The post-reform radiate (the Latin name, like many Roman coins of this time, is unknown), was a Roman coin first issued by Diocletian during his currency reforms. The radiate looked very similar to the Antoninianus (pre-reform radiate), with a radiate crown like Sol Invictus. The difference is the absence of the "XXI" that existed on pre-reform radiates, a symbol believed to have indicated a consistence of 20 parts bronze to 1 part silver. The post-reform radiate had little or no silver content. The weight varies between 2.23 and 3.44 grams.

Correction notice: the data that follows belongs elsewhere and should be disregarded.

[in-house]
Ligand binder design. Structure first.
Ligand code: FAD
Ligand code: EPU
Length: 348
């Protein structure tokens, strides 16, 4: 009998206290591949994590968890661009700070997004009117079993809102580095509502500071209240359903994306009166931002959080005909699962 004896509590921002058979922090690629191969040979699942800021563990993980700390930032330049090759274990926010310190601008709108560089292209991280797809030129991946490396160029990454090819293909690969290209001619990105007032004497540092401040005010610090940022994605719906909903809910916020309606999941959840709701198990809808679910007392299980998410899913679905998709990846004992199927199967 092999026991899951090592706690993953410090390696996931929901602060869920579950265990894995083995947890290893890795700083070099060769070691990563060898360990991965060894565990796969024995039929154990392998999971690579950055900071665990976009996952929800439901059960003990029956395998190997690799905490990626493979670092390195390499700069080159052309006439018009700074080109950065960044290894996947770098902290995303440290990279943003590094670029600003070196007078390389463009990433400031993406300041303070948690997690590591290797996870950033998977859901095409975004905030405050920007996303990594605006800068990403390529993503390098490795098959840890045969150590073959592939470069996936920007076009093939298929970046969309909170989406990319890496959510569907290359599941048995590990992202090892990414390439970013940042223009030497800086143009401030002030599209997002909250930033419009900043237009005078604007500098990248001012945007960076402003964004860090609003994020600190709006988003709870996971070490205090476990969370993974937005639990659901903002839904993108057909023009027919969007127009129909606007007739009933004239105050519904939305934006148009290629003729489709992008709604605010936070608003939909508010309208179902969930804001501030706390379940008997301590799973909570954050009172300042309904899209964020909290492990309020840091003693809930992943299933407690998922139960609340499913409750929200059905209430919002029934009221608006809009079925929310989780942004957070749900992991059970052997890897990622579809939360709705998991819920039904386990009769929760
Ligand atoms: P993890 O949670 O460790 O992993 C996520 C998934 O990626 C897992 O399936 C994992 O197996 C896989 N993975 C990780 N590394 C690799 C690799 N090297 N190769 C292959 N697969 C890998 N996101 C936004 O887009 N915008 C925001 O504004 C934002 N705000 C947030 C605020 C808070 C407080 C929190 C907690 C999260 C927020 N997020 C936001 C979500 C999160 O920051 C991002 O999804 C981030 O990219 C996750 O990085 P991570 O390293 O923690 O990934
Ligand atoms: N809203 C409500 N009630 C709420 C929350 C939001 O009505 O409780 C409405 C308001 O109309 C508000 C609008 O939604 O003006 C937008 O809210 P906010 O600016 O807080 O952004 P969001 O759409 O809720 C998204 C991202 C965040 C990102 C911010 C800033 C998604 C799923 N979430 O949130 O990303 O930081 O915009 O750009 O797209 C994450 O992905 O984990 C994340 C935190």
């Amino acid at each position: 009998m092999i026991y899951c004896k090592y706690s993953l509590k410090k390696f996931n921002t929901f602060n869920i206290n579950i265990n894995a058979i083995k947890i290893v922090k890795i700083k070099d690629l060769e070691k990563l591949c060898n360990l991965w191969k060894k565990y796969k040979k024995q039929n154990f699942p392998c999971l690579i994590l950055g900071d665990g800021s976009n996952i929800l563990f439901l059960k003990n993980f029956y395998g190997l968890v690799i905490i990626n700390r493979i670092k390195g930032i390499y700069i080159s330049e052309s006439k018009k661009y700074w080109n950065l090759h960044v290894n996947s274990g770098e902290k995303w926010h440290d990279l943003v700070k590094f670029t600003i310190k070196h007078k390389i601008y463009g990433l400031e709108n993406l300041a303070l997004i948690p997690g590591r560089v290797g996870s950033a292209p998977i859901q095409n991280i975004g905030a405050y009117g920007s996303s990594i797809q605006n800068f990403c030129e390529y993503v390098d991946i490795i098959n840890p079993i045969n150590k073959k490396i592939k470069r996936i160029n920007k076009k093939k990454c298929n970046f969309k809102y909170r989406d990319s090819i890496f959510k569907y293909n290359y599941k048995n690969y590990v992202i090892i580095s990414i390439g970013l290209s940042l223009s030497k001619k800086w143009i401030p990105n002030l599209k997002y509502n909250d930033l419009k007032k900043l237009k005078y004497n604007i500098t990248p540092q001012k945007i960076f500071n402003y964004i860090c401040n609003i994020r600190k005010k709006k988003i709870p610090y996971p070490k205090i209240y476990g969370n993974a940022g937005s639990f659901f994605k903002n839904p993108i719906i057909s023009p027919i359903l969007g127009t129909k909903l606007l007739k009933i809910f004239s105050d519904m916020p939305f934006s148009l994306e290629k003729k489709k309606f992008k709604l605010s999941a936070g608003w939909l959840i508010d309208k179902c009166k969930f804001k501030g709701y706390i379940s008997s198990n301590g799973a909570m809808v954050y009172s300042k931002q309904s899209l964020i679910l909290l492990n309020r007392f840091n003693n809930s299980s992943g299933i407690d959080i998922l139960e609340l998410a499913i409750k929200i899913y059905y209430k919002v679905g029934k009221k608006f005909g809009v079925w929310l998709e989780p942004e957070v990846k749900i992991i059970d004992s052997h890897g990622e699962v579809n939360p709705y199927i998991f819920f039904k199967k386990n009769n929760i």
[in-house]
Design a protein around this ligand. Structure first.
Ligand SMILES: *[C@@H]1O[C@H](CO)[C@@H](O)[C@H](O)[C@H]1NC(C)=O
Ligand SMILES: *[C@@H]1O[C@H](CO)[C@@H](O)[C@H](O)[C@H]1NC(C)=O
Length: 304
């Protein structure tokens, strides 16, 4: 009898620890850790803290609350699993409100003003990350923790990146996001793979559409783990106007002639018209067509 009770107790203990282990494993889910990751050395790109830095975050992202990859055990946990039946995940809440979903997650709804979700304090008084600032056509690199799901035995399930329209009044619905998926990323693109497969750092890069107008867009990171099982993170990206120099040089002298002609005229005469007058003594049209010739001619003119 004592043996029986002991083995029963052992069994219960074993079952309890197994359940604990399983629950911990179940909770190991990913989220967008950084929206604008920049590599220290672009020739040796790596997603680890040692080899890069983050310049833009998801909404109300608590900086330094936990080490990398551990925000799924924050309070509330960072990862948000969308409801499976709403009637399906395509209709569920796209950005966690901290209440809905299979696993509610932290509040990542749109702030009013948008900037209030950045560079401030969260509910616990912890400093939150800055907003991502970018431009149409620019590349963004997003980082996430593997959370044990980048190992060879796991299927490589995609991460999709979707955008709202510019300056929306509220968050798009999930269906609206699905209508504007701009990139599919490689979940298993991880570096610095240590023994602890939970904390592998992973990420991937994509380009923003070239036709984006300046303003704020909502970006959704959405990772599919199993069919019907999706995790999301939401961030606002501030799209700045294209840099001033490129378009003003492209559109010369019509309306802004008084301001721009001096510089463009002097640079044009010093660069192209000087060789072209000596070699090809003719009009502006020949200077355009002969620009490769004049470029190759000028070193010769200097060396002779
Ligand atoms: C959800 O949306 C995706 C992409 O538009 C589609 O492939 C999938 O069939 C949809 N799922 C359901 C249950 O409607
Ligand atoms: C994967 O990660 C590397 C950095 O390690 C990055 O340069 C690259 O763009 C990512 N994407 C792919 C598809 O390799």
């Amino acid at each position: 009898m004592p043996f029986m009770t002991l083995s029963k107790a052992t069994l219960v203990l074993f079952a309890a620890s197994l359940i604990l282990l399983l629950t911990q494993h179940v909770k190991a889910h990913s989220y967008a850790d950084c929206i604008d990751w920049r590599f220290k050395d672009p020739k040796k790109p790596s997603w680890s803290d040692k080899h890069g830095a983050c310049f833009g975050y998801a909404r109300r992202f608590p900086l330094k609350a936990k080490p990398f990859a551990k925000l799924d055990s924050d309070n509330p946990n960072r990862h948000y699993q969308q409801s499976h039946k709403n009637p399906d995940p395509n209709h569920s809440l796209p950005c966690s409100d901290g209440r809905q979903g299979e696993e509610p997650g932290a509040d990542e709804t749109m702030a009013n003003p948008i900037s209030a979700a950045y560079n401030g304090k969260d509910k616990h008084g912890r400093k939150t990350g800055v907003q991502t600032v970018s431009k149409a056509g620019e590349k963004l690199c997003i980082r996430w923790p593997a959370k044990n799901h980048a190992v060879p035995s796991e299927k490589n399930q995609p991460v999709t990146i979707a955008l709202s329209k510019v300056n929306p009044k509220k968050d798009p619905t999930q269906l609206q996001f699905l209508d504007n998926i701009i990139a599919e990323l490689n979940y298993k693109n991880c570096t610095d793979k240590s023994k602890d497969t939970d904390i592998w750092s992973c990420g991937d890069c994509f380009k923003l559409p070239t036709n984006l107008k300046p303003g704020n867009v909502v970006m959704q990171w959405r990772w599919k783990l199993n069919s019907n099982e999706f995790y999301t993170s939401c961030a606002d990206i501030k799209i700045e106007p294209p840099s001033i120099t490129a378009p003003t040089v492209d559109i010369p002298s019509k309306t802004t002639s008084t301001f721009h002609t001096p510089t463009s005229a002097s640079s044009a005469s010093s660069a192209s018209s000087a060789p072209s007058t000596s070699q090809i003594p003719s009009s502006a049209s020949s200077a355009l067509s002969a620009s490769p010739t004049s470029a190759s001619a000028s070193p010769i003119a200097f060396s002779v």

There also exists radiates of Maximian, Constantius I, and Galerius, Diocletian's co-rulers, in the same style.